It’s also worth pointing out that news is the product of the people working in the organisation. It’s sourced by the journalists on the ground, reporting on the issues that matter to the people. And in this respect, Fairfax could similarly make a pretty solid claim to being the number one source of news in New Zealand beyond the fact that Stuff is the most popular news site in the country. While the organisation might not have the biggest accumulative audience across multiple channels, it does certainly have the biggest spread of local journalists across all the regions.
“Our focus is on how we continue delivering more value to our audiences who engage with us, and as an example, this is reflected in Neighbourly’s success,” says Fairfax group executive editor Sinead Boucher.
“The local social network now has a membership base of more than 470,000 of highly engaged New Zealanders and counting. Every day, Neighbourly is growing, and hyperlocal news important to our communities is growing along with it.”
It’s also worth noting relevance that Neighbourly audience size overtook NewsHub’s online audience, according to Nielsen ratings for May 2017.
When the Newshub campaign first launched, TVNZ head of news and current affairs John Gillespie also released a statement pointing out that 1 News continues to have the biggest TV news audience in the country.
“When it comes to total viewers, the 1 News average daily 6pm audience is 946,000 vs 420,000 for Newshub,” Gillespie said.
The impact of this should also not be underestimated, given international studies showing television news served as the main source of information for Americans during the US Election.
The influence of television on an audience that has specifically tuned in to watch a broadcast once again seems in a different category of engagement to someone who has clicked on a website or listened to a quickfire news bulletin.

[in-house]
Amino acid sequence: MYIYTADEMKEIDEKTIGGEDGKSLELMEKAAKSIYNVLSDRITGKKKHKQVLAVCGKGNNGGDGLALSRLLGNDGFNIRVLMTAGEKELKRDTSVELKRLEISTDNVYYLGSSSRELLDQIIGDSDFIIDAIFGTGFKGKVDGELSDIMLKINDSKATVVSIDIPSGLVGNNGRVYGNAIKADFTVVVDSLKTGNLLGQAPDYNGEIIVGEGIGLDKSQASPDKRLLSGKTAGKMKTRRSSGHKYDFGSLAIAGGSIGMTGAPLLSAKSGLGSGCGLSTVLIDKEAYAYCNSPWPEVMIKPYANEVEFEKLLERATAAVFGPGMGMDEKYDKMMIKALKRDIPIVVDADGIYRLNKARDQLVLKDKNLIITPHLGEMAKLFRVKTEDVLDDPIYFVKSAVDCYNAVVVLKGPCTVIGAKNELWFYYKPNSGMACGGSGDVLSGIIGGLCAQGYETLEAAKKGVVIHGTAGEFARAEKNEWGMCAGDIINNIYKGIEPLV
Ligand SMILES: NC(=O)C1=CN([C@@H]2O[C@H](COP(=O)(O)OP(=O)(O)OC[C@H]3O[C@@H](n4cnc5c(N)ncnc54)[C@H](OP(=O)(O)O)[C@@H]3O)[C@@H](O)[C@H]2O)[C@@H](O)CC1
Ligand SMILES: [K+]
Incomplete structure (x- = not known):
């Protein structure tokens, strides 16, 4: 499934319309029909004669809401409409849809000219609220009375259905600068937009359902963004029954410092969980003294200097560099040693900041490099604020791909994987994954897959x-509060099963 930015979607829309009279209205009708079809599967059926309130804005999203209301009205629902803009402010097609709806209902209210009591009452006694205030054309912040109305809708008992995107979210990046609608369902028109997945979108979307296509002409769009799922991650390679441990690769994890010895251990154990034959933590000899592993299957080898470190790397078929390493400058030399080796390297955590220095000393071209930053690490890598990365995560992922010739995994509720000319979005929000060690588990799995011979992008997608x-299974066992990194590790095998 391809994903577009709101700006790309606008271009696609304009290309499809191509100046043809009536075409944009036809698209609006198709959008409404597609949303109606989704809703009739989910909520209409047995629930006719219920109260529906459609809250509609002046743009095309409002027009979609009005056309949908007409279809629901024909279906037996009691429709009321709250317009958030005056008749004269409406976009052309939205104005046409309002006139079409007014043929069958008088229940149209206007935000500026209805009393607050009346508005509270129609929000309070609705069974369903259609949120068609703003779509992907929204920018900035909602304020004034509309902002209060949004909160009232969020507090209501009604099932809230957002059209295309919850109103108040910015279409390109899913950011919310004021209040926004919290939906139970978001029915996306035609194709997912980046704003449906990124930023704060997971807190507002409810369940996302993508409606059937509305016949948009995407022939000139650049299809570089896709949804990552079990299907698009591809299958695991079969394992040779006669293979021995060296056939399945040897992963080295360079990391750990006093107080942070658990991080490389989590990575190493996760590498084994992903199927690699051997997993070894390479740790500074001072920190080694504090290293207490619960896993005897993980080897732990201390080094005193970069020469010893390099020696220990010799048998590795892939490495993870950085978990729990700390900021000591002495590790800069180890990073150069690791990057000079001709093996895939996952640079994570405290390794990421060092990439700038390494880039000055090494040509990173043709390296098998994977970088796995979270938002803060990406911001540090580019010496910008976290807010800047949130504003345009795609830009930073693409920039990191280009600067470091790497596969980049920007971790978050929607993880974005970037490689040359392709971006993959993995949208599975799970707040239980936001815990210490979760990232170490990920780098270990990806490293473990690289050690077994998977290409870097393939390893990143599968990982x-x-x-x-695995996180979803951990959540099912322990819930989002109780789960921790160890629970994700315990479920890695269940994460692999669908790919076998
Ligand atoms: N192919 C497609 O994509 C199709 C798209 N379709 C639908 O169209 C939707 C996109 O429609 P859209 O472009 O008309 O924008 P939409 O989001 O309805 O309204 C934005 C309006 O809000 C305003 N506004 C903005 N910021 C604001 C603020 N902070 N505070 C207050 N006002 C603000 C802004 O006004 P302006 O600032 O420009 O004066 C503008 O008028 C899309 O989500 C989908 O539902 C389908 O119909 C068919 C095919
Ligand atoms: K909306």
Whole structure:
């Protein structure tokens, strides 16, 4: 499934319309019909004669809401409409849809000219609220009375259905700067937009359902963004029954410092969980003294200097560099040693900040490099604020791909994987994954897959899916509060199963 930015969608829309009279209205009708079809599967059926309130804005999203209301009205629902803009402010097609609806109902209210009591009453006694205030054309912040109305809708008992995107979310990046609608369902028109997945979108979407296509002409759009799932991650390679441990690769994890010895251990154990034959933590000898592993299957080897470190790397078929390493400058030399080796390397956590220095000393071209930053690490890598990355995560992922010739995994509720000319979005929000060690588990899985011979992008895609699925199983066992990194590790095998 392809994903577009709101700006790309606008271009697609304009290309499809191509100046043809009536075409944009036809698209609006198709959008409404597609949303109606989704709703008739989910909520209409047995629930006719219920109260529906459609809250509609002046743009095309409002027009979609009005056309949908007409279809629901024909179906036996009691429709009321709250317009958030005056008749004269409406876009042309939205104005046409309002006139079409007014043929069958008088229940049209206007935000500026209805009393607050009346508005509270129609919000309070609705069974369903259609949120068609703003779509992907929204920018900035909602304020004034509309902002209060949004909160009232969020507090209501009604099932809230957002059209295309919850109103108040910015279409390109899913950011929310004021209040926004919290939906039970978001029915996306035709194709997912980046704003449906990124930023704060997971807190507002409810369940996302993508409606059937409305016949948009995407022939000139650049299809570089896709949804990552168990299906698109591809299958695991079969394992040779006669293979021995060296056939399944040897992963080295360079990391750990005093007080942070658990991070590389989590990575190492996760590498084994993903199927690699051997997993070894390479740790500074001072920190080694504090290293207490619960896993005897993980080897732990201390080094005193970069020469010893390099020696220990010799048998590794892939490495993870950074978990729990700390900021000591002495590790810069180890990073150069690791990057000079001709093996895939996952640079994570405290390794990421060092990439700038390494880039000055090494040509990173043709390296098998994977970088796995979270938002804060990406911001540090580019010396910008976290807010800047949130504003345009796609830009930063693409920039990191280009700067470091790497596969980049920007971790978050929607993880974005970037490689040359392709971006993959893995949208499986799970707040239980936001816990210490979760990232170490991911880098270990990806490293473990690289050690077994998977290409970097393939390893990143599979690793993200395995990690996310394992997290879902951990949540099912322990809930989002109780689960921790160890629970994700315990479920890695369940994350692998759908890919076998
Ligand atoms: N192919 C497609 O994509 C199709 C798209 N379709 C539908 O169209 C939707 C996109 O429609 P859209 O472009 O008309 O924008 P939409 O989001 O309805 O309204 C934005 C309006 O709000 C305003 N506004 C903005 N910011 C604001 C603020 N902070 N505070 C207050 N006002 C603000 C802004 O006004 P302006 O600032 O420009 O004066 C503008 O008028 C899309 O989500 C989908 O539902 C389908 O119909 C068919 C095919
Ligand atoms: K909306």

Given the various possible interpretations of ‘New Zealand’s number one source of news’ it comes as little surprise that the nation’s news providers are taking the matter seriously.
One source has revealed that the matter has even been put to the lawyers by at least one of the media companies.
Of course, a counter-argument to all this is that consumers don’t care and that this is just another example of corporates bickering about inconsequential matters.
But if these discussions don’t take place and if marketing claims go unchallenged, then it will do little to ameliorate the ongoing perception that advertising is just an endless series of half-truths, at best, and lies, at worst.
Newshub chief news officer Hal Crawford has responded to the criticism from his competitors with the following statement: “The beauty of Newshub is that it’s truly multi-platform. People listen to Newshub on radio, they watch Newshub on TV and read Newshub online. That combined reach is real. We are publishing and broadcasting news under one umbrella, and the brand unity makes a difference.”